Do they?

"It's all about perception," Johnson continued. "They're right there and they'll probably be one of the top three seeds in the Western Conference this year, and there comes a certain amount of responsibility with that."

Sign us up, Carlisle said. Whatever the national view of the Mavericks is and whatever is expected in a league dominated lately by the Lakers and assumed to belong to Miami in the future, Carlisle wants the pressure and scrutiny and all that comes with being one of the select few capable of standing tall in June.

"Pressure makes players better, makes coaches better," he said. "We've got a sign in our locker room that says, 'Love pressure.' It has one of two effects: It makes diamonds or it bursts pipes."

The Mavericks ran their winning streak to 12 by holding off Utah on Saturday. The usual suspects, led by Nowitzki and Kidd, are getting the job done, but this team isn't just about its future Hall of Famers. Tyson Chandler, the offseason pickup that raised a few eyebrows, has become more than just a starting center, an All-Star darkhorse and defensive anchor.

Chandler has quickly become an emotional leader, winning over his new teammates with his fire. DeShawn Stevenson won over the room with his hard work and professionalism. So much so that a small group of team leaders went to Carlisle with the idea that Stevenson should start. The suggestion has paid off, with the former trade throw-in bringing defensive balance and a wicked 3-point stroke to the starting backcourt alongside Kidd.

"We know we have a great team and we're a beast," Terry said. "We're very confident in what we're doing."

As for pressure, Cuban said the media overrates it. All the pressure the Mavs need is posted on the wall in the inner sanctum of the locker room.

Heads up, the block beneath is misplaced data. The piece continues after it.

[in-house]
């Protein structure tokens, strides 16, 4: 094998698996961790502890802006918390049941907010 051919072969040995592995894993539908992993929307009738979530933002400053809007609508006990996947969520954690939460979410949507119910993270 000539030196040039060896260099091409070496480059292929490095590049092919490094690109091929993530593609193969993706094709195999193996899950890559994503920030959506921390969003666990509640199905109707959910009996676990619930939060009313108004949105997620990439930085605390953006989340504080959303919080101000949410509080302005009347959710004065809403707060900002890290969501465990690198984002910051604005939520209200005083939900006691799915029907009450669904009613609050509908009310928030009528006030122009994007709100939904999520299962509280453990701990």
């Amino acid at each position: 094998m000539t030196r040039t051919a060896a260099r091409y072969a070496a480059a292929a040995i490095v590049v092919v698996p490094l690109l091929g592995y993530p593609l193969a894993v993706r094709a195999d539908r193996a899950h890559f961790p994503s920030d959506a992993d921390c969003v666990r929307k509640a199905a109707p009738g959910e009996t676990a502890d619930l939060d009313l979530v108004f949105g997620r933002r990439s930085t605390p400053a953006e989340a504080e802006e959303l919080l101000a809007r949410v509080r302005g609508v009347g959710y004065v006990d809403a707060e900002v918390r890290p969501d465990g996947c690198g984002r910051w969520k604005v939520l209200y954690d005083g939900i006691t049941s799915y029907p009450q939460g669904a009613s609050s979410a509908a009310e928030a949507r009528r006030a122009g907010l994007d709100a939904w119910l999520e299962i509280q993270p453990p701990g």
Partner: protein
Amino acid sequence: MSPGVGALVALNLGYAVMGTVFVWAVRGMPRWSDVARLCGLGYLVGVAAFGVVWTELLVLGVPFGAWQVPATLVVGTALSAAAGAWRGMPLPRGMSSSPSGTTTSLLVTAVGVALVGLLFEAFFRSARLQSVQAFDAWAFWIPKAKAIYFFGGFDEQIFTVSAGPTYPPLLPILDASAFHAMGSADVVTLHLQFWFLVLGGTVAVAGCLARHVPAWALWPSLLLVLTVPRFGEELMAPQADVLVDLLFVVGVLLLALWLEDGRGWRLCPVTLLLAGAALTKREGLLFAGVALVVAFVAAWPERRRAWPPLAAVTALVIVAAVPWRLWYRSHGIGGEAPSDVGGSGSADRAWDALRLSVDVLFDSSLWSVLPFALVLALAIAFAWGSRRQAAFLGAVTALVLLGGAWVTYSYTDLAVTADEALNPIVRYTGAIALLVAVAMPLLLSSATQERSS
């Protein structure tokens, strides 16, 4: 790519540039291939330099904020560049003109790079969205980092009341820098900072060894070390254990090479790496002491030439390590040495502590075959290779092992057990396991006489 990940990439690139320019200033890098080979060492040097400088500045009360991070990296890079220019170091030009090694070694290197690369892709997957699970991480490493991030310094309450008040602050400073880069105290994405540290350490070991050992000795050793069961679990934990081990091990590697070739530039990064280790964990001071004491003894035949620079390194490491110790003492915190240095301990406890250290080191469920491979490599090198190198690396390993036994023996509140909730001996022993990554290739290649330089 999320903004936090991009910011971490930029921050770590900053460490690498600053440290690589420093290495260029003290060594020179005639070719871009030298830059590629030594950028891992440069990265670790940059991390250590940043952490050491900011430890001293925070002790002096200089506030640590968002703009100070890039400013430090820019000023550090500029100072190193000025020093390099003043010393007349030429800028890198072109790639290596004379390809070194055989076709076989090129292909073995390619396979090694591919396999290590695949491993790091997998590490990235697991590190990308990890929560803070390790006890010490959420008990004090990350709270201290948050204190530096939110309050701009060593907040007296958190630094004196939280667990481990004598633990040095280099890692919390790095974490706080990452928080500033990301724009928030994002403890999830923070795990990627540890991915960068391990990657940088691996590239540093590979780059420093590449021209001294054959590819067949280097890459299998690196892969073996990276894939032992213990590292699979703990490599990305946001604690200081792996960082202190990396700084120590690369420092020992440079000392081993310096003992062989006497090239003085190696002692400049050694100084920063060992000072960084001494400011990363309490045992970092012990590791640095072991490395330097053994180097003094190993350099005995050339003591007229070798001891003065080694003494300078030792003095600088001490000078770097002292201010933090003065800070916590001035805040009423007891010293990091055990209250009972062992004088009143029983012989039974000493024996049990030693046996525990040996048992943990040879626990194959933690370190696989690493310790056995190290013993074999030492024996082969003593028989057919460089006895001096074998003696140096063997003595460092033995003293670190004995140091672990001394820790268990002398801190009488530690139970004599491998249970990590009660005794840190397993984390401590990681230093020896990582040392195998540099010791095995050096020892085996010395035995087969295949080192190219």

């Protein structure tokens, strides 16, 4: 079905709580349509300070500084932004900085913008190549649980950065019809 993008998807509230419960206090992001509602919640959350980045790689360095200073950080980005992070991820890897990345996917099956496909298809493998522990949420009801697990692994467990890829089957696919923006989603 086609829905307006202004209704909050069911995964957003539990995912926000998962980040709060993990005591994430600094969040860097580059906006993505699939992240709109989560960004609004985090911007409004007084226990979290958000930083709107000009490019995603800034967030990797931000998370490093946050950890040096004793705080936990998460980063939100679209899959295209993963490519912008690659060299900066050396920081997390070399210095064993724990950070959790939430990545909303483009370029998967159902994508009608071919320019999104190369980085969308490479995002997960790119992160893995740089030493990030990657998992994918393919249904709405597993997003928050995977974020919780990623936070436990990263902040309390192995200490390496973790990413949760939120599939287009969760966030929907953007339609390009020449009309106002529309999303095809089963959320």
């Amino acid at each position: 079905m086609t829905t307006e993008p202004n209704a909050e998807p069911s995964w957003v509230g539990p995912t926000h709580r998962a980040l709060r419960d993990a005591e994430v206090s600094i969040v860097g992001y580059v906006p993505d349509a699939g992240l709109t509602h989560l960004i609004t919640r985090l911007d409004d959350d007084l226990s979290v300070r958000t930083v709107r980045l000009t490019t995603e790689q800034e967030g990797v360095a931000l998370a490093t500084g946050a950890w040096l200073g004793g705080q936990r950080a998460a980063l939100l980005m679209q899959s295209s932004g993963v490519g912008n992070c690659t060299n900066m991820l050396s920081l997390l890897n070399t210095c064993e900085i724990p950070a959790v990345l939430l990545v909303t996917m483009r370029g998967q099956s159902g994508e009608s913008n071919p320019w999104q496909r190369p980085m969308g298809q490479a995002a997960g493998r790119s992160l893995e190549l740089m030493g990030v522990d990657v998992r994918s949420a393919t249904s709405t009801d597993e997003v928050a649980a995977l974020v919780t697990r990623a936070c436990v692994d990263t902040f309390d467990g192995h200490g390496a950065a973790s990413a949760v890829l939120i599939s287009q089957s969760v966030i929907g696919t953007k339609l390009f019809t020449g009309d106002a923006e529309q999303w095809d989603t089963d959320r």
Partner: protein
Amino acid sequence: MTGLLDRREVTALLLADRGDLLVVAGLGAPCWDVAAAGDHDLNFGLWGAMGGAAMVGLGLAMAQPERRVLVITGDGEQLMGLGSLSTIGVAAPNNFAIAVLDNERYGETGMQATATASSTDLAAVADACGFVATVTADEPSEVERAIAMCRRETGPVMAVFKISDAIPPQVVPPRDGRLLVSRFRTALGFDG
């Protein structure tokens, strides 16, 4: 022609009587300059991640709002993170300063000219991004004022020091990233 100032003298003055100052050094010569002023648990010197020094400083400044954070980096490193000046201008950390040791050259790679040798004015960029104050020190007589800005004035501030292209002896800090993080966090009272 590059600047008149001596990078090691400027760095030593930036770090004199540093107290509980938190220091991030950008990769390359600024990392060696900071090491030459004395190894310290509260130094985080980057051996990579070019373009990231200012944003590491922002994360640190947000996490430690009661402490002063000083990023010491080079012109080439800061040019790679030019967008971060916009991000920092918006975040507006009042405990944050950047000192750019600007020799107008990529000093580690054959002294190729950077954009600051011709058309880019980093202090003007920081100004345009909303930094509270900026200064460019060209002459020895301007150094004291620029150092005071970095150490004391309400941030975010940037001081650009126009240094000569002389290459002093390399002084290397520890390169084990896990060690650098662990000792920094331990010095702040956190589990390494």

"We post the standings right there," Cuban pointed out. "They see it every day. They know what's up. Guys aren't stupid. Not this year."

Cuban's thinly-veiled shot at past teams may underscore the difference in this veteran-laden squad that doesn't appear saddled by the franchise's playoff legacy. There's been enough turnover, while keeping enough of the right pieces.

The Mavericks are in prime position, as those standings suggest, to challenge the Lakers or anyone else in the Western Conference come April and beyond. Carlisle added that pressure and expectations and scrutiny means you're pretty good.

It may not be championship or bust in Dallas, but the title chase is still on.

"Yeah, but we've got a ways to go," Carlisle said. "We're going to get healthier as time goes on. In the meantime we've got to make this thing work at a high level and, heck, we're on a 12-game winning streak and we're in second place in our division.

"No one is getting too giddy around here."

Art Garcia has covered the NBA since 1999. You can e-mail him here and follow him on twitter. The views on this page do not necessarily reflect the views of the NBA, its clubs or Turner Broadcasting.